Q: Whatís the difference between being critical of the government and being negative?
A: This government requires a great deal of criticism right now in particular, because if we donít criticize it, if we donít exercise those rights, believe me they will be gone very quickly. Criticism can be a very positive and optimistic thing ó "Iím still trying, Iím not giving up," is what youíre saying. So we need to do that. But we need to look at other things we can do as well. Thatís why I say, we canít just be totally focused on electoral politics because the nature of that beast these days is so extremely negative that you almost canít avoid becoming what you resist. Thatís why you need to rotate the crops and look at other things, and find hope and joy in other places, and take a stand. By standing up and doing things, you can set a good example and not just be negative.
Q: Have you embraced comedy as one way to inject that hope and joy into the political system?
A: Sure. I mean, you can smuggle a lot of content with humor. You can get to people. Peopleís defenses are down when theyíre laughing, so thatís one way to do it. You have to find other ways to get to people.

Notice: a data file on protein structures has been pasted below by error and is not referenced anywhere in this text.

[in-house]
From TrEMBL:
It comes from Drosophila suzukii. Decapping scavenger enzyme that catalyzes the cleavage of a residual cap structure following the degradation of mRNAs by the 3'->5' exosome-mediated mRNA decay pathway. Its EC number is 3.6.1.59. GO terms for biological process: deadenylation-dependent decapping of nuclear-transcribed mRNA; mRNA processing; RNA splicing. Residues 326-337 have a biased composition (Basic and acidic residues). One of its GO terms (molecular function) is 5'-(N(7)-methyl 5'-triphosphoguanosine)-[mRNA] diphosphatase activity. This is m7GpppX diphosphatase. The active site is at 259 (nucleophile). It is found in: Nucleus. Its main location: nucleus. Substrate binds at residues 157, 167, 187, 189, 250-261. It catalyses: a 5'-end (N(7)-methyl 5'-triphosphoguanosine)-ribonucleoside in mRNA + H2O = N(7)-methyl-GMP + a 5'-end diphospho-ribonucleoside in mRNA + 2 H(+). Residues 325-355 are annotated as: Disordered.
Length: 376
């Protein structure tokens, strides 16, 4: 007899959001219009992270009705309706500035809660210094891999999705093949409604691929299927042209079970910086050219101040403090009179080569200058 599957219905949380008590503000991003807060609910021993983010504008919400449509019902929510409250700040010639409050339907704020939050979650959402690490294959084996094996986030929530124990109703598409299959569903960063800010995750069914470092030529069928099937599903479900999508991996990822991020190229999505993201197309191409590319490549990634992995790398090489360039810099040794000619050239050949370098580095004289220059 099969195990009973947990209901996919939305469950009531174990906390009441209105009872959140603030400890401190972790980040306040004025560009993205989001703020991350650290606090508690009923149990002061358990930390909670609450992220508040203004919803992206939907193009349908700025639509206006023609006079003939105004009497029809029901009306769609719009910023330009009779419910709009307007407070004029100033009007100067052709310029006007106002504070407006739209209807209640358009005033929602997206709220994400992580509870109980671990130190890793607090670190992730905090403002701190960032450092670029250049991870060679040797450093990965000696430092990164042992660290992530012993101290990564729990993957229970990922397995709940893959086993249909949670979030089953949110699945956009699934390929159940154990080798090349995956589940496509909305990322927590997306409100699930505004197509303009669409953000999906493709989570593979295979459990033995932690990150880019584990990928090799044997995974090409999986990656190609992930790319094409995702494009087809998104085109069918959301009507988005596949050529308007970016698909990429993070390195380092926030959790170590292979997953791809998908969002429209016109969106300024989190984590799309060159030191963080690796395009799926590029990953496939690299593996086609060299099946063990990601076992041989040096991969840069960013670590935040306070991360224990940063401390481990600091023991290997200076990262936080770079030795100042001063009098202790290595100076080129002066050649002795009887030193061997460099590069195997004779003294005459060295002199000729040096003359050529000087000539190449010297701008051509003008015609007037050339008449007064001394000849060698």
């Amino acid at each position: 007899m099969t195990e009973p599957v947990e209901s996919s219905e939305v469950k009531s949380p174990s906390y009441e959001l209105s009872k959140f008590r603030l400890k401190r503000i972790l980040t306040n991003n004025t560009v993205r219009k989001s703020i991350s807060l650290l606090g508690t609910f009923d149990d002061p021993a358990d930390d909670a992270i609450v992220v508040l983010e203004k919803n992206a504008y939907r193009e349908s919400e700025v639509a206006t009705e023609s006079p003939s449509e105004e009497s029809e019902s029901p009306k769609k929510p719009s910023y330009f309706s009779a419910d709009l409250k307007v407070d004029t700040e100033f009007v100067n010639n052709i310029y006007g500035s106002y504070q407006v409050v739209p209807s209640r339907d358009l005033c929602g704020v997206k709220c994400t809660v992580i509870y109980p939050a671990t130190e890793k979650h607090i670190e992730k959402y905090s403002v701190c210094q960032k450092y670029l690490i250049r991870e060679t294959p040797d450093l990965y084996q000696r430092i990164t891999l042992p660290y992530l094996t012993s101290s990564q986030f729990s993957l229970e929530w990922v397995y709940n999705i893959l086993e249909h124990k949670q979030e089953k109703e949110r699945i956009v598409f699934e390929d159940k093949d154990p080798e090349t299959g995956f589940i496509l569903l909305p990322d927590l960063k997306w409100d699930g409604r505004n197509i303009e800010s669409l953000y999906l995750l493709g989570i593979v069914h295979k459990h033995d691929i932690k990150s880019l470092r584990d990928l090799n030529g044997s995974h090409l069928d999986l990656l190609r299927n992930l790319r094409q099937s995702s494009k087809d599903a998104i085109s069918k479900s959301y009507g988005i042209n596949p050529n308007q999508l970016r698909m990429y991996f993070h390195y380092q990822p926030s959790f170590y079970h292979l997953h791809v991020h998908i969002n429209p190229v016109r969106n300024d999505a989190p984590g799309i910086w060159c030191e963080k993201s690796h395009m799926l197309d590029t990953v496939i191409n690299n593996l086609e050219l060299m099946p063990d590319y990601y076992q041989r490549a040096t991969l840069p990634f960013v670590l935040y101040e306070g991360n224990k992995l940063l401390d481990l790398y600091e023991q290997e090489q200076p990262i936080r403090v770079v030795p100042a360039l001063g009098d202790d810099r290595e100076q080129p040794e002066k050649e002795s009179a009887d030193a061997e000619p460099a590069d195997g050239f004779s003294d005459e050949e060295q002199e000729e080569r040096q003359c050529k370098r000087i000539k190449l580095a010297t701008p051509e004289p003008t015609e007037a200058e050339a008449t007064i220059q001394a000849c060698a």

Q: Does your material ever get criticized for being too over-the-top or too hard-line?
A: That kind of statement, that kind of idea, kinda comes from that self-censorship that weíre all supposed to have. What I say may seem outrageous in the modern context, but in the scope of history I donít think it will be very outrageous at all. I think Iíll be seen as someone whoís maintaining some sanity during this period. As I say in the book, I believe in playing to the ages, not the age, because the age tends to be pretty stupid. So what might be outrageous in the scope of history might be the things that people were letting go on, and what might be sensible would be standing up to them. Iím not out to shock. Things are shocking enough. If people kind of get it, dig what Iím talking about, I would hope in sort of an odd way that they would be to an extent soothed.
From December 9 to 12, Barry Crimmins will appear as part of The Ding Ho Reunion: 25 Years of the Best of Boston Comedy at Jimmy Tingleís Off Broadway Theater, in Somerville. Crimmins can be reached through his Web site, www.barrycrimmins.com. Deirdre Fulton can be reached at email@example.com 2
Issue Date: December 3 - 9, 2004